Discipline-based Education Research (DBER) and Scholarship of Teaching and Learning (SoTL) improve teaching and learning through empirical research and inquiry. To cultivate the growth and development of these research communities, it is essential to support emerging education researchers. The Professional Development for Emerging Education Researchers (PEER) Program is designed to expand emerging education researchers' theoretical and methodological knowledge through field schools and workshops.

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Efforts to increase diversity, equity, and inclusion, accessibility and justice (DEIAJ) in STEM spaces must include the faculty that teach students and supervise research, demonstrating and setting the culture. Faculty engagement with DEIAJ programming can stem from a variety of motivations, including past personal experiences with bias or prejudice or internal senses of justice. However, specific actions faculty can take to address individual needs rely on a complex intersection of cognitive (thinking) and emotional (feeling) empathy. This project studies how faculty perceive and engage with students and colleagues, exploring how faculty perceive the experiences of others and their resulting actions. Drawing on theories of empathy, the project seeks to understand when an intellectual or emotional understanding of another, results in, or fails to result in, a motivation to act.

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Departmental practices for admitting and retaining students at the graduate level fundamentally determine who is allowed to shape the future of physics research. Assuring that the path to a physics PhD is inclusive and equitable for students of all backgrounds is therefore critical. Despite the vital importance of graduate education, physics education research has traditionally focused most strongly on improving the experiences of undergraduates, leaving education at the graduate level relatively understudied. Questions surrounding the equitability of standard physics PhD admissions criteria abound, and high attrition rates represent an ongoing problem. Current data indicates that the retention rate of physics PhD students is approximately 60%, with attrition from PhD programs disproportionately affecting traditionally underrepresented students. Our group has worked to fill several gaps in the physics education literature by focusing on how physics graduate students are admitted into graduate programs, and how they navigate the PhD process once they arrive.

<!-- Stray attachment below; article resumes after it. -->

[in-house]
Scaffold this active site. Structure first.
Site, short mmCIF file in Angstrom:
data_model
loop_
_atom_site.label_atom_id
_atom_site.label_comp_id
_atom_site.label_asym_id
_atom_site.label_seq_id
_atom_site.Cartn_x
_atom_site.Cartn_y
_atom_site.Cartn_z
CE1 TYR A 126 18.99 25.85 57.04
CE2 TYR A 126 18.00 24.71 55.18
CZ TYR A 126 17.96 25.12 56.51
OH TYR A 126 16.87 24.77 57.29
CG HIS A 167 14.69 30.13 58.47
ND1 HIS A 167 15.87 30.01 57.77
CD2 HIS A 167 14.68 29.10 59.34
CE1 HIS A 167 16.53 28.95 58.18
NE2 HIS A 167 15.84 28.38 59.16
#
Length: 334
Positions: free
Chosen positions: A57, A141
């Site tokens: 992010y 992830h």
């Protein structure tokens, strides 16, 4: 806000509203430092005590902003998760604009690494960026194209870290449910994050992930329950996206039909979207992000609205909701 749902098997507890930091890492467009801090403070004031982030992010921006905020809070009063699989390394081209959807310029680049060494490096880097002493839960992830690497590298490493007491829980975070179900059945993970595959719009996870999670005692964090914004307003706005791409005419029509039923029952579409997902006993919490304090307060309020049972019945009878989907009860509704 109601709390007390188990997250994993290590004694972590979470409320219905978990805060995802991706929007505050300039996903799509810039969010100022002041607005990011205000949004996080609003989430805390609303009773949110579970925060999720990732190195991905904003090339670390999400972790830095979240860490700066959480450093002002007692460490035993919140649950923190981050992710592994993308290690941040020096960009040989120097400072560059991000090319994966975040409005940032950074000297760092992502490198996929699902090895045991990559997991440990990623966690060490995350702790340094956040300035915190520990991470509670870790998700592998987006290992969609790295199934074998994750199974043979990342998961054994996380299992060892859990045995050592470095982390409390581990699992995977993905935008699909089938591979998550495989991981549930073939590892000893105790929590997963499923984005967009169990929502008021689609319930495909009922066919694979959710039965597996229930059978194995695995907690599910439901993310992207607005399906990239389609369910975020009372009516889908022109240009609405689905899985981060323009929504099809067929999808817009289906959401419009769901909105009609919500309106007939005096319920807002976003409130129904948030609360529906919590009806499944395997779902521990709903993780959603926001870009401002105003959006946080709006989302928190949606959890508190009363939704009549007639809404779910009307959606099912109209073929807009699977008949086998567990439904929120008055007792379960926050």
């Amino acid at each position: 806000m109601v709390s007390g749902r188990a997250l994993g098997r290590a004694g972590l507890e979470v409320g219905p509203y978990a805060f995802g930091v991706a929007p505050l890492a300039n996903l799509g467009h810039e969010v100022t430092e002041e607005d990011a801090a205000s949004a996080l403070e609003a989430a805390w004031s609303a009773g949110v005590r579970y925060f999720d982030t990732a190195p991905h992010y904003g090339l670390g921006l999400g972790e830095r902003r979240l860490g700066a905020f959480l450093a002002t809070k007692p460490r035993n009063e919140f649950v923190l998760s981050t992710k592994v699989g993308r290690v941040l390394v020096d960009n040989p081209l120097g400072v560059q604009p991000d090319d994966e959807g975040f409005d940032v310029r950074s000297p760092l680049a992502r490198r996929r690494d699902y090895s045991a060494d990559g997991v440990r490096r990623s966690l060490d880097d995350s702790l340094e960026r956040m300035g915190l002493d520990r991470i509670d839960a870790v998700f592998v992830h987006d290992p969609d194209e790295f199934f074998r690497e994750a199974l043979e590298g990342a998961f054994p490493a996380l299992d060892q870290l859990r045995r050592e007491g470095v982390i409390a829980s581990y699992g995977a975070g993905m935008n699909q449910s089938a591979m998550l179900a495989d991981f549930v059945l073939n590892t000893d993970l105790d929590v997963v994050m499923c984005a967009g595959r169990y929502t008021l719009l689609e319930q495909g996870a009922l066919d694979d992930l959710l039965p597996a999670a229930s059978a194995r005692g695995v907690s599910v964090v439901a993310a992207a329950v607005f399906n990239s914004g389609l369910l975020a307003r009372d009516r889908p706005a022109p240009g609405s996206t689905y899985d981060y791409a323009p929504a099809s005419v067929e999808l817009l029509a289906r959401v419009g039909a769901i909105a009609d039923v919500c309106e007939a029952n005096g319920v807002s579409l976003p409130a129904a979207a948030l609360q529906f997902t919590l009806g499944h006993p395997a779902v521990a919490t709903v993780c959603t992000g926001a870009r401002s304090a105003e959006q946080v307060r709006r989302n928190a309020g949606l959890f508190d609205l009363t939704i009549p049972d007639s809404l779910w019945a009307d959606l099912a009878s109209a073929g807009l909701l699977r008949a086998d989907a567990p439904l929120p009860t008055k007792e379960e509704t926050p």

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A bachelor’s degree in physics opens up varied career paths in academia, industry, and education. However, the diversity of paths can make the college to career transition difficult for many students. The physics community has recognized the need for improved support for students’ career awareness and decision-making (see APS/AAPT Effective Practices for Physics Programs).

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Computation is playing an increasing role in all STEM fields, and the ability for students to use and understand various computational tools is vital to long term success. It is not a question of if students will use computation after completing their undergraduate degree, but when. Computational thinking is becoming a necessary skill in both academia and industry allowing people to solve problems through abstraction and procedural algorithms.

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One broad theme of the research group is understanding learning and problem-solving within authentic experiences. The goal is to characterize features of complex problem-solving tasks to make stronger connections between coursework and professional practice. We have examined: practices of theoretical physicists, learning in undergraduate research experiences, laboratory learning environments, and mathematical problem-solving in industry and research.

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Over the past five years, Quantum Information Science and Engineering (QISE) has emerged as a federal priority with the passage of the 2018 National Quantum Initiative Act and the 2023 CHIPS and Science Act, both of which call for significant investments in QISE research, industrial innovation, education, and workforce development. Quantum systems and their unique behaviors will lead to significant improvements in computing, communication, and sensing, but the technologies cannot advance without skilled and knowledgeable people.

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